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Another Father-Son All Star Experience

Article in 2001 All Star Football Program by Dick Sparrer

Football coaches Butch and Joe Cattolico will be together for tonight's Silicon Valley Youth Classic Football Game. Then, that's really nothing new . . . they've been there before. The two led the North All Stars to victory back in 1992 as a father-son team - Butch as the head coach for the North squad and Joe as his starting quarterback.

Their role will be much different when they return for the 27th renewal of the of the All Star rivalry, though. The Cattolicos will be spectators sitting in the Independence High School bleachers. But they will still view the game with special interest.

Special because Joe, the head coach at Independence, has two of his players on the South squad, and special because Butch, the headman at Los Gatos, has four of his Wildcats playing for the North. But their interest in the game will go much deeper than just the X's and O's, and the performances of their own players. They'll watch with special interest as Ken Padia leads the North squad into action, because for the first time since the Cattolicos did it in 1992, a father and son return to the game as a head coach and player. Padia will lead a North team that includes his own son, defensive lineman Kasey Padia. And both the Cattolicos know what a special experience that is.

"I thought that was probably the most fun I ever had in coaching," said Butch of the opportunity to coach his own son in the All Star classic. "It was an awful lot of fun, and even more enjoyable because it was an all-star game. There was not quite the pressure of a regular season game." Cattolico never had the opportunity to coach his son in a regular season game. He coaches at Los Gatos and Joe was a star quarterback down the road at Leigh. "It was the one opportunity in my life to actually play football for my dad," added Joe. "It was real exciting, and fun to do in an all-star game because it was a little less of a pressure situation."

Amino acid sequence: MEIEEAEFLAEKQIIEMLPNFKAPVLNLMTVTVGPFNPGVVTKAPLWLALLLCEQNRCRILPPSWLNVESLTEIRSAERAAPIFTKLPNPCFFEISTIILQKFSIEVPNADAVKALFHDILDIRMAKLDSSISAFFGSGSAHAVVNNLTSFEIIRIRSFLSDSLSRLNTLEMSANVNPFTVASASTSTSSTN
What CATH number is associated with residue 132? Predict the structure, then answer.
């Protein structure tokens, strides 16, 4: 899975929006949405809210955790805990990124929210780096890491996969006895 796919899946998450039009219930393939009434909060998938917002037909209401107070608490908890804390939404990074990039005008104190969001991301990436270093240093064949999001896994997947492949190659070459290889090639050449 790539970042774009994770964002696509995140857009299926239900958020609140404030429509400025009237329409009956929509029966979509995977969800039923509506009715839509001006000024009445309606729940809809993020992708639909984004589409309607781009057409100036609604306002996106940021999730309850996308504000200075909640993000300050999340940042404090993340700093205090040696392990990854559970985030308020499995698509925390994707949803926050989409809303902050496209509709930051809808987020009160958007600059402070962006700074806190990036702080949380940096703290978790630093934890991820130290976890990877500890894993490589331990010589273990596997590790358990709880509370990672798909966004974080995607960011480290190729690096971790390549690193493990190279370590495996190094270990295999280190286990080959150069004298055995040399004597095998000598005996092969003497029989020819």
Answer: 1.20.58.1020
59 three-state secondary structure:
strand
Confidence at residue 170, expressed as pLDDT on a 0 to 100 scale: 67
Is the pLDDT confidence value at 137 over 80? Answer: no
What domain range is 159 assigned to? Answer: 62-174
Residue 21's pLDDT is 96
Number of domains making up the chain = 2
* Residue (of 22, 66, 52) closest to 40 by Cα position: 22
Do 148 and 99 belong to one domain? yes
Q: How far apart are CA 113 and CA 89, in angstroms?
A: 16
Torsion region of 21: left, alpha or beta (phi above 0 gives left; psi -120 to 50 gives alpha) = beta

For Padia, the experience may be a little different. Kasey was a member of his squad at Leigh last fall, so the two are very familiar with one another on the football field.

But the situation of playing for his dad was not completely foreign for Joe. "I was familiar with his offense and the Los Gatos offense," said Joe. "Usually it's tough (in an all-star setting) because you only have two weeks to get everybody to learn the terminology and come together. But I had an advantage. I spent a lot of time on the practice field at Los Gatos and scouting with my dad while I was growing up."

"It was a fun opportunity," said Joe of his unique all-star experience.

It might have been even more than that for the elder Cattolico. "It was something I always wanted to do," Butch admitted. "I gave up a chance to coach the North-South Shrine Game to do it. But it was very unique, and I wouldn't trade it for all the world."